Interval mapping: single quantitative trait loci.
Interval mapping analysis of the merged phenotyping and genotyping datasets revealed over 50 genomic regions on chromosomes 1, 2, 3, 4, 5, 7, 8, 9, 14, 15, 16 and 17 with significant or suggestive linkage (evaluated by permutation analysis) to one or more of the measured phenotypes in the segregating PD/Cub × BN/Cub population. The highest LOD score overall reached 6.91 for the trait of relative kidney weight (Supplemental Fig. S2) linked to the marker D1Wox22 (within a gene coding for insulin-like growth factor-2; Igf2). All identified quantitative train loci (QTLs) for the analyzed traits are summarized in Table 2, and an extensive overview of their phenotypic relevance is given in Supplemental Table S1. The genomewide distribution of the identified QTLs reveals a pattern with several evident clusters of QTLs present on chromosomes 3, 14, 15, and 17. These may indicate genomic regions potentially harboring genes with a pleiotropic influence on attributes of the metabolic syndrome or simply groupings of several QTLs within a limited location.
Two separate QTL clusters reside on chromosome 3. The first group relates to total body weight, adiposity, and UA concentration, whereas insulin-related traits pertain to the second one (Fig. 2). Moreover, several of the loci are involved in the strongest identified epistatic interactions influencing body weight, adiposity, and insulinemia (Table 3). All QTLs identified on chromosome 14 belong only to glucose tolerance traits (after sucrose and DEX challenges). On the other hand, a common peak linkage for diverse traits including TGs, epididymal (visceral) fat mass, and glucose tolerance was found on chromosome 15 in the vicinity of the marker D15Rat6. Finally, the QTL cluster on chromosome 17p12–14 includes significant linkages for body weights at all time points, kidney and epididymal fat pad weights, and insulin levels after HSD administration. Although the cluster covers a relatively large region of the chromosome, with many known and predicted genes, the result of bootstrap testing suggests that the QTLs lie near the marker D17Rat84.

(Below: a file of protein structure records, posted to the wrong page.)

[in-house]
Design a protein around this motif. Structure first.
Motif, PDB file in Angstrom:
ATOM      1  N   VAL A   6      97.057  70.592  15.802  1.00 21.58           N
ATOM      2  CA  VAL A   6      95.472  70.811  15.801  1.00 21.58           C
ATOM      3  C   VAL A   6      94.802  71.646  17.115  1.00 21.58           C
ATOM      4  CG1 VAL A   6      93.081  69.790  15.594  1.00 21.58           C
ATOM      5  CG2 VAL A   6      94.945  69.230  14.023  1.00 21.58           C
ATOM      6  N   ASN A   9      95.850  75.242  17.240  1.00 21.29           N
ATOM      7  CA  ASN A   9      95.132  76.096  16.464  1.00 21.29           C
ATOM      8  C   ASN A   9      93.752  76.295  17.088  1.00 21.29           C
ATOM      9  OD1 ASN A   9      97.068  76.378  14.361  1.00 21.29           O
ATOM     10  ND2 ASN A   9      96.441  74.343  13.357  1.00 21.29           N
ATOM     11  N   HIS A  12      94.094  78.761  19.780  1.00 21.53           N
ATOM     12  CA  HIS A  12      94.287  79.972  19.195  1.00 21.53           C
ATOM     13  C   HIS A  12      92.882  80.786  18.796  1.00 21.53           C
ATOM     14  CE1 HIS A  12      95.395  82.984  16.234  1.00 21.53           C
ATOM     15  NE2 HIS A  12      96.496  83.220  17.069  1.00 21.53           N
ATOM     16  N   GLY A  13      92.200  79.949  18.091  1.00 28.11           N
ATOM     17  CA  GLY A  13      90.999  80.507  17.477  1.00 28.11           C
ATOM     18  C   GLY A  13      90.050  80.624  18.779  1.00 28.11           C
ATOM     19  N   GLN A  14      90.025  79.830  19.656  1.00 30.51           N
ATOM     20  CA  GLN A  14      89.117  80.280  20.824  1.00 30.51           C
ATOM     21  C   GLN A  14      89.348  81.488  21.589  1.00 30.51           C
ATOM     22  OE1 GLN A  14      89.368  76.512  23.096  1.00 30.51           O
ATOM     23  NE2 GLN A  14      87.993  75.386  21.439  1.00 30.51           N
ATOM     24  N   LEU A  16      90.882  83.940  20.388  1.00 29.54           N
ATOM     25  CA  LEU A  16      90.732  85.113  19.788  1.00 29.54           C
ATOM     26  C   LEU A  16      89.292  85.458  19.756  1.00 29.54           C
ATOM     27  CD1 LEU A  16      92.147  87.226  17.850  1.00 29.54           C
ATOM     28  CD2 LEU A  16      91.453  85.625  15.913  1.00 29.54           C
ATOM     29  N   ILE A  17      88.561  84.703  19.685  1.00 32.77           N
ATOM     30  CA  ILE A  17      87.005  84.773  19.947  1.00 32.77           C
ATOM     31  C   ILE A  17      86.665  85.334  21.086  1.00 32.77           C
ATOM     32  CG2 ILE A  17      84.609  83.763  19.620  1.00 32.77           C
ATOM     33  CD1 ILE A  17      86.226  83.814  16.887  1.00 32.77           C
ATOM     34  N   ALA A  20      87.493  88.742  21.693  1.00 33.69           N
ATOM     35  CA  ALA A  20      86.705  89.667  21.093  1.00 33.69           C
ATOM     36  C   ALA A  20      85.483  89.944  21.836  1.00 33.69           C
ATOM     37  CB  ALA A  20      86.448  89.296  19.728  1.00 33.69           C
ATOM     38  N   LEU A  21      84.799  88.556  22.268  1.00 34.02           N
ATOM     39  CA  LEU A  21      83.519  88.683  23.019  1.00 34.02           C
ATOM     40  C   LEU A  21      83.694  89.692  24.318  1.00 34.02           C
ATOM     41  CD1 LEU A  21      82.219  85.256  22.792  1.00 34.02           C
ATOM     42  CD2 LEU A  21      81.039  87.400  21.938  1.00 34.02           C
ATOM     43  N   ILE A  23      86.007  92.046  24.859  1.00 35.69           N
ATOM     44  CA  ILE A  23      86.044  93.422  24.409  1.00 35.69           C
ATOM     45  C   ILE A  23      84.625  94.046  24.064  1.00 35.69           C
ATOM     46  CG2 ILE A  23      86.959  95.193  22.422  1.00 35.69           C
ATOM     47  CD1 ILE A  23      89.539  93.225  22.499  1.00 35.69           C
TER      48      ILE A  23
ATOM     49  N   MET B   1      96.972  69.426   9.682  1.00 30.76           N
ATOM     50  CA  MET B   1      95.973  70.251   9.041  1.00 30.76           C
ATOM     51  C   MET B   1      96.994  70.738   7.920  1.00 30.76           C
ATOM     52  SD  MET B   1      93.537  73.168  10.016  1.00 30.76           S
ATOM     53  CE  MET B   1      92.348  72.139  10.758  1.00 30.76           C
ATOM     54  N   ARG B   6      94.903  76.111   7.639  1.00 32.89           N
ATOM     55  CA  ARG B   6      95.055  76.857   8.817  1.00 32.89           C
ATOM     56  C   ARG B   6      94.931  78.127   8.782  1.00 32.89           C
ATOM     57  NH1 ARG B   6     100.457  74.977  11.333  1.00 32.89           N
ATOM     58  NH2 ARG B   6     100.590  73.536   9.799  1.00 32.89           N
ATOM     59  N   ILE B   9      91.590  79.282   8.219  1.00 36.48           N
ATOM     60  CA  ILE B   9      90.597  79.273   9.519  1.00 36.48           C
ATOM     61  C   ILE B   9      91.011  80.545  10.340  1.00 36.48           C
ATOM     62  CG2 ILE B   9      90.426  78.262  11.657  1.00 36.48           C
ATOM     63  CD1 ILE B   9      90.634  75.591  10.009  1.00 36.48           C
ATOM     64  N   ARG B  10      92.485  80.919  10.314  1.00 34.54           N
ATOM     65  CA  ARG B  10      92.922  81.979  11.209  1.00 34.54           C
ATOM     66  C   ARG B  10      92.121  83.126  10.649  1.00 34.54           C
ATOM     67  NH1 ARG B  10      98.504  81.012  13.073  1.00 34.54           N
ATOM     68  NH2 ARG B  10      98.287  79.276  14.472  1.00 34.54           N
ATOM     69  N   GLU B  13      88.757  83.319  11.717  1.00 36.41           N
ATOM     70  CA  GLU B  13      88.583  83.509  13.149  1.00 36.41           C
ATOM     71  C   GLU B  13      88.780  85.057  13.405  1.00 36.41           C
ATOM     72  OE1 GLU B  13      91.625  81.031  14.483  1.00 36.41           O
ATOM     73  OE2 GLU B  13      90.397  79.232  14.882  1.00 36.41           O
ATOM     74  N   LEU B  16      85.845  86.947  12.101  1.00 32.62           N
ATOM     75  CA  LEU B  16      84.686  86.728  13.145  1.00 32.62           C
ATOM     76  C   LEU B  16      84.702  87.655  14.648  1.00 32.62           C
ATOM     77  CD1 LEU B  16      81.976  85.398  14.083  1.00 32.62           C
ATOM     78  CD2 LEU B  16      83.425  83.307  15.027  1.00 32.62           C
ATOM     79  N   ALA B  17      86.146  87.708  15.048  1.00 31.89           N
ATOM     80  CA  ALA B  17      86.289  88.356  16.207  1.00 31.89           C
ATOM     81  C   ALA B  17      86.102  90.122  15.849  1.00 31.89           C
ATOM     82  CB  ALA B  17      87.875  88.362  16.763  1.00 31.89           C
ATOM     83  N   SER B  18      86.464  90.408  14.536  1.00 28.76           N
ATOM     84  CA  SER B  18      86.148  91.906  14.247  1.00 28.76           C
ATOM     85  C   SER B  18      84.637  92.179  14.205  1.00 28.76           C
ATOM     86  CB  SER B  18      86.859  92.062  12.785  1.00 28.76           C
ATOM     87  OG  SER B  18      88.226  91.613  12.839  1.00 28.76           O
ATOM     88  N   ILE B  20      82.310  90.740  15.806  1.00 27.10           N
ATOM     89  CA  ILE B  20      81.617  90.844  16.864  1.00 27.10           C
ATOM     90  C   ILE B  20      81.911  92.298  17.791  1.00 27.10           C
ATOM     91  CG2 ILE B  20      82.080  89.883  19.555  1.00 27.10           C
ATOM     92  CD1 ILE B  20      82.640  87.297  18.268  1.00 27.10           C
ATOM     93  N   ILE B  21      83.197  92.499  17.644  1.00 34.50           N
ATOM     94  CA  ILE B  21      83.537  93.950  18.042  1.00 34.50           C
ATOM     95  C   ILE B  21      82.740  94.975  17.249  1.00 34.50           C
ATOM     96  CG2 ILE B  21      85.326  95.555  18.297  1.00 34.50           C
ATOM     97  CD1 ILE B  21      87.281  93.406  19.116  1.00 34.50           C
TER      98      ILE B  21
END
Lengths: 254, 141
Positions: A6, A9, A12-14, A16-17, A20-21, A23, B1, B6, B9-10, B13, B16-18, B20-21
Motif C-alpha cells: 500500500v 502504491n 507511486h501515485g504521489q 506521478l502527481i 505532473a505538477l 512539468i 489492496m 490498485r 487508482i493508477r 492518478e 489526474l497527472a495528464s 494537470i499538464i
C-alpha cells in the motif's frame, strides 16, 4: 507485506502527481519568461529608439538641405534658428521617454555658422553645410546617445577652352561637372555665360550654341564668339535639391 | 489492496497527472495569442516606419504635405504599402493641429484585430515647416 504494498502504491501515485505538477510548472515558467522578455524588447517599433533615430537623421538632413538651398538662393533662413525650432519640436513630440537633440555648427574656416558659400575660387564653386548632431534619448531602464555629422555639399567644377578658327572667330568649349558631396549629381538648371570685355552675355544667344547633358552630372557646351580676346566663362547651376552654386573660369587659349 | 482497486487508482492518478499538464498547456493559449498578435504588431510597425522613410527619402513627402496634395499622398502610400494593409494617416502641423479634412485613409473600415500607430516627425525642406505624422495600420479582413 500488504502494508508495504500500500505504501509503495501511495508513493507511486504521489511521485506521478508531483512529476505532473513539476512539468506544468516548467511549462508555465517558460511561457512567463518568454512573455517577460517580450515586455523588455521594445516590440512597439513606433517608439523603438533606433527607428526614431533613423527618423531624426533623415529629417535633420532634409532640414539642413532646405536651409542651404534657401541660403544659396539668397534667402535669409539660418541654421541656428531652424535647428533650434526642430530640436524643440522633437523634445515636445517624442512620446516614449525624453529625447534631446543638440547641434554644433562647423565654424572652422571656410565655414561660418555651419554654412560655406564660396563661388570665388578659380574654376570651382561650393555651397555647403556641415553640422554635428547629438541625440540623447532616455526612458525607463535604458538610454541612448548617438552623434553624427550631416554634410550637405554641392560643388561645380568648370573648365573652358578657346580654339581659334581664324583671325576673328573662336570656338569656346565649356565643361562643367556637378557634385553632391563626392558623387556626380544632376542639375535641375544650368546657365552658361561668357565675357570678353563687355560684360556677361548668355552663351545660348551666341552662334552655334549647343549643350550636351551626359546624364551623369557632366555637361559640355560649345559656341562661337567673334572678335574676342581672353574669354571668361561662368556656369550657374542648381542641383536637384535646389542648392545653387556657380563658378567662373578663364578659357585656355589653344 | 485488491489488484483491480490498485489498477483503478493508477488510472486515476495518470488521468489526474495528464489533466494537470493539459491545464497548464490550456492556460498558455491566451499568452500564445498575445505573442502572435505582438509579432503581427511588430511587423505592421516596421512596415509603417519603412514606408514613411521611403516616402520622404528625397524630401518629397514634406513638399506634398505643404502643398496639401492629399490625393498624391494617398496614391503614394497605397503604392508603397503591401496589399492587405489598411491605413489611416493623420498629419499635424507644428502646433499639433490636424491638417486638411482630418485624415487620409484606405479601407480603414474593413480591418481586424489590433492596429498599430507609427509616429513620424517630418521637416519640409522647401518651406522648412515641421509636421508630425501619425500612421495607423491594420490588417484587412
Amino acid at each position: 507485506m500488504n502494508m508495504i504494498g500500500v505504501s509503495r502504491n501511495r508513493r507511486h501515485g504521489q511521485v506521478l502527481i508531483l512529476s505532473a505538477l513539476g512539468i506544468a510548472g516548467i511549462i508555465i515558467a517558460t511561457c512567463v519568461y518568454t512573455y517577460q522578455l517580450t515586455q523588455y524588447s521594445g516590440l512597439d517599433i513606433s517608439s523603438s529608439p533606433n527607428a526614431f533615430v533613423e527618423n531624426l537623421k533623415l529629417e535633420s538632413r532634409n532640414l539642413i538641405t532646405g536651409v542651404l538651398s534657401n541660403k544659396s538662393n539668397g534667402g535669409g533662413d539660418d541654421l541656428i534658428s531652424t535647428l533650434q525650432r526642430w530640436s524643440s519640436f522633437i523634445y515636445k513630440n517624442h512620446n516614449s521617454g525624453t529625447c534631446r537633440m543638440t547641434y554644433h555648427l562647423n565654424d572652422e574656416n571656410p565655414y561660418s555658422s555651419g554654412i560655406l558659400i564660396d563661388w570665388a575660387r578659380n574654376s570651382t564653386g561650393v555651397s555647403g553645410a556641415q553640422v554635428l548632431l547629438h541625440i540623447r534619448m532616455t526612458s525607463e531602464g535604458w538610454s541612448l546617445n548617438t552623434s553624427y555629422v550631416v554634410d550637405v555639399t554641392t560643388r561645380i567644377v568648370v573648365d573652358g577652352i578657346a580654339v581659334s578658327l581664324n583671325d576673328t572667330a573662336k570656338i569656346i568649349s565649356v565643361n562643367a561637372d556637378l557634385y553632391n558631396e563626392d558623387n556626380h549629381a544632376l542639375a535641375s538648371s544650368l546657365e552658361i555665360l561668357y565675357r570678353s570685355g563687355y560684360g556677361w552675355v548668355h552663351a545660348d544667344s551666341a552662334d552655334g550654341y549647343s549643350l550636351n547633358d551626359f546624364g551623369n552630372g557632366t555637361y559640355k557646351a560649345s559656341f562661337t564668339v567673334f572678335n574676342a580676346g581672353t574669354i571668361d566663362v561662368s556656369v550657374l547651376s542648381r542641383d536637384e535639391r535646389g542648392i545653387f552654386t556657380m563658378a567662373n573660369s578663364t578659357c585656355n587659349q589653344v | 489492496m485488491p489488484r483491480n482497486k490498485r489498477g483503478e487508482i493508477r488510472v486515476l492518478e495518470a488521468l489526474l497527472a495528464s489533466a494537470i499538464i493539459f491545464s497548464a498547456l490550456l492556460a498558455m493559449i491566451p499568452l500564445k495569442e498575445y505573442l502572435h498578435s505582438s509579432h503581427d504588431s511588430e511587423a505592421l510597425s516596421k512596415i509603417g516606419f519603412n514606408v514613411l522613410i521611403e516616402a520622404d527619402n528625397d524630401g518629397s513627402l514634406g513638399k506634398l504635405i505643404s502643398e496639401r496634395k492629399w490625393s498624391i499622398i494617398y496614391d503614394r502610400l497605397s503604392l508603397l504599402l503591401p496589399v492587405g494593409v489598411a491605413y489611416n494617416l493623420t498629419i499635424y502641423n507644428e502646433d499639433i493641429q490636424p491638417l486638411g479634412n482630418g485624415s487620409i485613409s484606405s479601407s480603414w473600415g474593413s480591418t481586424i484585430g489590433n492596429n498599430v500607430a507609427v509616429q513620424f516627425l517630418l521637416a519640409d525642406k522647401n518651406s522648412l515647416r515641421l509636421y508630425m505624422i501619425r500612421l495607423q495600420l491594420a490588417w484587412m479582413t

Multiple interval mapping: epistatic QTLs.